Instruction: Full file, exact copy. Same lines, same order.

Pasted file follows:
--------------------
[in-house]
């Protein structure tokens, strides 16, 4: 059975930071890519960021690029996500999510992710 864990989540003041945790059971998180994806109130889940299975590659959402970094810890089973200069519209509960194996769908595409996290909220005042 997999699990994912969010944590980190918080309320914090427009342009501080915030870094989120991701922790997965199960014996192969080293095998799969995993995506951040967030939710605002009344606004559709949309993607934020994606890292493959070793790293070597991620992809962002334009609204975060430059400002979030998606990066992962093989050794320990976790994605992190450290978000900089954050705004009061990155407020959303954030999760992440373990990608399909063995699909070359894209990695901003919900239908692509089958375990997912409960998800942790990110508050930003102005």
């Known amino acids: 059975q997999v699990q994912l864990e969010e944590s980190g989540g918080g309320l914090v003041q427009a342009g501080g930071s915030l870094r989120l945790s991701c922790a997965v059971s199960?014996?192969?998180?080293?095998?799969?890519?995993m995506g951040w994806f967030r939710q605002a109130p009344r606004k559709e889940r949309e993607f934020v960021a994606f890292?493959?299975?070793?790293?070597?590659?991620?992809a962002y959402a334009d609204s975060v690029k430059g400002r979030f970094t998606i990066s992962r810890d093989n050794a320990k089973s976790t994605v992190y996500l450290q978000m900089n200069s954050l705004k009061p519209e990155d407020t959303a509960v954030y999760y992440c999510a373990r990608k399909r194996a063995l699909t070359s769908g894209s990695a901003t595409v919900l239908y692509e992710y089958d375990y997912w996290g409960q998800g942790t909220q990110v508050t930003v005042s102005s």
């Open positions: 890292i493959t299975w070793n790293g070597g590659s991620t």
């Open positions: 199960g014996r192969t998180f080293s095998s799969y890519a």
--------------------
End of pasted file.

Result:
[in-house]
């Protein structure tokens, strides 16, 4: 059975930071890519960021690029996500999510992710 864990989540003041945790059971998180994806109130889940299975590659959402970094810890089973200069519209509960194996769908595409996290909220005042 997999699990994912969010944590980190918080309320914090427009342009501080915030870094989120991701922790997965199960014996192969080293095998799969995993995506951040967030939710605002009344606004559709949309993607934020994606890292493959070793790293070597991620992809962002334009609204975060430059400002979030998606990066992962093989050794320990976790994605992190450290978000900089954050705004009061990155407020959303954030999760992440373990990608399909063995699909070359894209990695901003919900239908692509089958375990997912409960998800942790990110508050930003102005």
């Known amino acids: 059975q997999v699990q994912l864990e969010e944590s980190g989540g918080g309320l914090v003041q427009a342009g501080g930071s915030l870094r989120l945790s991701c922790a997965v059971s199960?014996?192969?998180?080293?095998?799969?890519?995993m995506g951040w994806f967030r939710q605002a109130p009344r606004k559709e889940r949309e993607f934020v960021a994606f890292?493959?299975?070793?790293?070597?590659?991620?992809a962002y959402a334009d609204s975060v690029k430059g400002r979030f970094t998606i990066s992962r810890d093989n050794a320990k089973s976790t994605v992190y996500l450290q978000m900089n200069s954050l705004k009061p519209e990155d407020t959303a509960v954030y999760y992440c999510a373990r990608k399909r194996a063995l699909t070359s769908g894209s990695a901003t595409v919900l239908y692509e992710y089958d375990y997912w996290g409960q998800g942790t909220q990110v508050t930003v005042s102005s």
């Open positions: 890292i493959t299975w070793n790293g070597g590659s991620t």
């Open positions: 199960g014996r192969t998180f080293s095998s799969y890519a």